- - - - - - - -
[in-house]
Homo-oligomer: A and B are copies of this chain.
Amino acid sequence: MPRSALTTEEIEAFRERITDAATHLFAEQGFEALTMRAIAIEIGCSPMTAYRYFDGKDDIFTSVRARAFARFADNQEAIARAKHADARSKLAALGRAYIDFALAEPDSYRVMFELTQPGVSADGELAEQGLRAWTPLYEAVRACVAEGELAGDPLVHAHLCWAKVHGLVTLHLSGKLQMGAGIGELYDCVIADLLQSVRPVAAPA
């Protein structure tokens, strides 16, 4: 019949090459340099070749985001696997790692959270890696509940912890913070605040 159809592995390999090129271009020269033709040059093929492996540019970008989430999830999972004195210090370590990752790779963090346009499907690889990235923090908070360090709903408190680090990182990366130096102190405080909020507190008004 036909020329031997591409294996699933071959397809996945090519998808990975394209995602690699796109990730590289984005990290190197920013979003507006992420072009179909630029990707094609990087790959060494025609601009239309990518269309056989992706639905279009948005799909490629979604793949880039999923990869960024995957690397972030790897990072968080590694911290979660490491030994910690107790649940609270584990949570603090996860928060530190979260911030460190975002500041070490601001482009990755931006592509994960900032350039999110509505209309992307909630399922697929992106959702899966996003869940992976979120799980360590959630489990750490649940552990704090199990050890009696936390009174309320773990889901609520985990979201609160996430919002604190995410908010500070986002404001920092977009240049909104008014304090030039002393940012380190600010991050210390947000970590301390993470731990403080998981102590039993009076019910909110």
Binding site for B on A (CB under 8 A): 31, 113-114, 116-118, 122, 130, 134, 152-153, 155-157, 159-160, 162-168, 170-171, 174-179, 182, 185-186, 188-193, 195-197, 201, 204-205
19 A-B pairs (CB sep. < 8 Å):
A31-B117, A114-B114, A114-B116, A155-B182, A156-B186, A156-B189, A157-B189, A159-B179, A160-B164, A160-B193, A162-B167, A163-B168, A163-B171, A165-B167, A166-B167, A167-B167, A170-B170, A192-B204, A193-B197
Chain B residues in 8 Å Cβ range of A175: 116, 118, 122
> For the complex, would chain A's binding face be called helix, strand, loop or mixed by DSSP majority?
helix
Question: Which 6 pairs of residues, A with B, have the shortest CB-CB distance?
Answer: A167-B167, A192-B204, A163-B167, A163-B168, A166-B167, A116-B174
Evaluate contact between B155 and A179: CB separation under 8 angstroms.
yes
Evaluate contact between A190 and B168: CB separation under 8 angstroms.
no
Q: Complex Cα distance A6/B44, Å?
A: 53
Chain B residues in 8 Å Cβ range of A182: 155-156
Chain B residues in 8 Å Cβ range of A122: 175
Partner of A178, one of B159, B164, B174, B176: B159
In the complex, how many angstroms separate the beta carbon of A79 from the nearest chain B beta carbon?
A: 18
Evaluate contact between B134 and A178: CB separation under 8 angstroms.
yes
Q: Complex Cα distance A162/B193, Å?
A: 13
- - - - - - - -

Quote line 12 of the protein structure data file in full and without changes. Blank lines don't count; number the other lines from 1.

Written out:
Answer: A167-B167, A192-B204, A163-B167, A163-B168, A166-B167, A116-B174